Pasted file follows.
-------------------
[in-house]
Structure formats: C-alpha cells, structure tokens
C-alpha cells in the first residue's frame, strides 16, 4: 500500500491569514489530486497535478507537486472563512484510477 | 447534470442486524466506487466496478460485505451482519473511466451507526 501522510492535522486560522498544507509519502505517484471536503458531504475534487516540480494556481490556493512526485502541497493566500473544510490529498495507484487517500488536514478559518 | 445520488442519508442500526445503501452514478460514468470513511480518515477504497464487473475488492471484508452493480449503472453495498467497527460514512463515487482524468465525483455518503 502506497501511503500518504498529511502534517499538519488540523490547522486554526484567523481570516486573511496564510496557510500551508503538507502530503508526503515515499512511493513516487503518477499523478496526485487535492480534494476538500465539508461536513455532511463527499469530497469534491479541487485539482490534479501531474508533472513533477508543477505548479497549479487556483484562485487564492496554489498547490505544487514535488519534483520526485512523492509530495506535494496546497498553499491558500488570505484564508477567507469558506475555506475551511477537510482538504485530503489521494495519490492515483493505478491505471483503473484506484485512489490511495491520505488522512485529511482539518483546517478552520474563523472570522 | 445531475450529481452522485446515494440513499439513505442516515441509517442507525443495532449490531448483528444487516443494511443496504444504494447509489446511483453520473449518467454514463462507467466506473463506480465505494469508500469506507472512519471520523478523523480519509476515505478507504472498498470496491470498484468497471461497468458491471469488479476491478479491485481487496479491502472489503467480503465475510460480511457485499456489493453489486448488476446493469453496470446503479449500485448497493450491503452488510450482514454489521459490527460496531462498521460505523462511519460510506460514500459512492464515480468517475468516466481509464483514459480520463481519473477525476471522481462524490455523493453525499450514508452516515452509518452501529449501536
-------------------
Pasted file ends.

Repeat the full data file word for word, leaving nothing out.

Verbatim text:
[in-house]
Structure formats: C-alpha cells, structure tokens
C-alpha cells in the first residue's frame, strides 16, 4: 500500500491569514489530486497535478507537486472563512484510477 | 447534470442486524466506487466496478460485505451482519473511466451507526 501522510492535522486560522498544507509519502505517484471536503458531504475534487516540480494556481490556493512526485502541497493566500473544510490529498495507484487517500488536514478559518 | 445520488442519508442500526445503501452514478460514468470513511480518515477504497464487473475488492471484508452493480449503472453495498467497527460514512463515487482524468465525483455518503 502506497501511503500518504498529511502534517499538519488540523490547522486554526484567523481570516486573511496564510496557510500551508503538507502530503508526503515515499512511493513516487503518477499523478496526485487535492480534494476538500465539508461536513455532511463527499469530497469534491479541487485539482490534479501531474508533472513533477508543477505548479497549479487556483484562485487564492496554489498547490505544487514535488519534483520526485512523492509530495506535494496546497498553499491558500488570505484564508477567507469558506475555506475551511477537510482538504485530503489521494495519490492515483493505478491505471483503473484506484485512489490511495491520505488522512485529511482539518483546517478552520474563523472570522 | 445531475450529481452522485446515494440513499439513505442516515441509517442507525443495532449490531448483528444487516443494511443496504444504494447509489446511483453520473449518467454514463462507467466506473463506480465505494469508500469506507472512519471520523478523523480519509476515505478507504472498498470496491470498484468497471461497468458491471469488479476491478479491485481487496479491502472489503467480503465475510460480511457485499456489493453489486448488476446493469453496470446503479449500485448497493450491503452488510450482514454489521459490527460496531462498521460505523462511519460510506460514500459512492464515480468517475468516466481509464483514459480520463481519473477525476471522481462524490455523493453525499450514508452516515452509518452501529449501536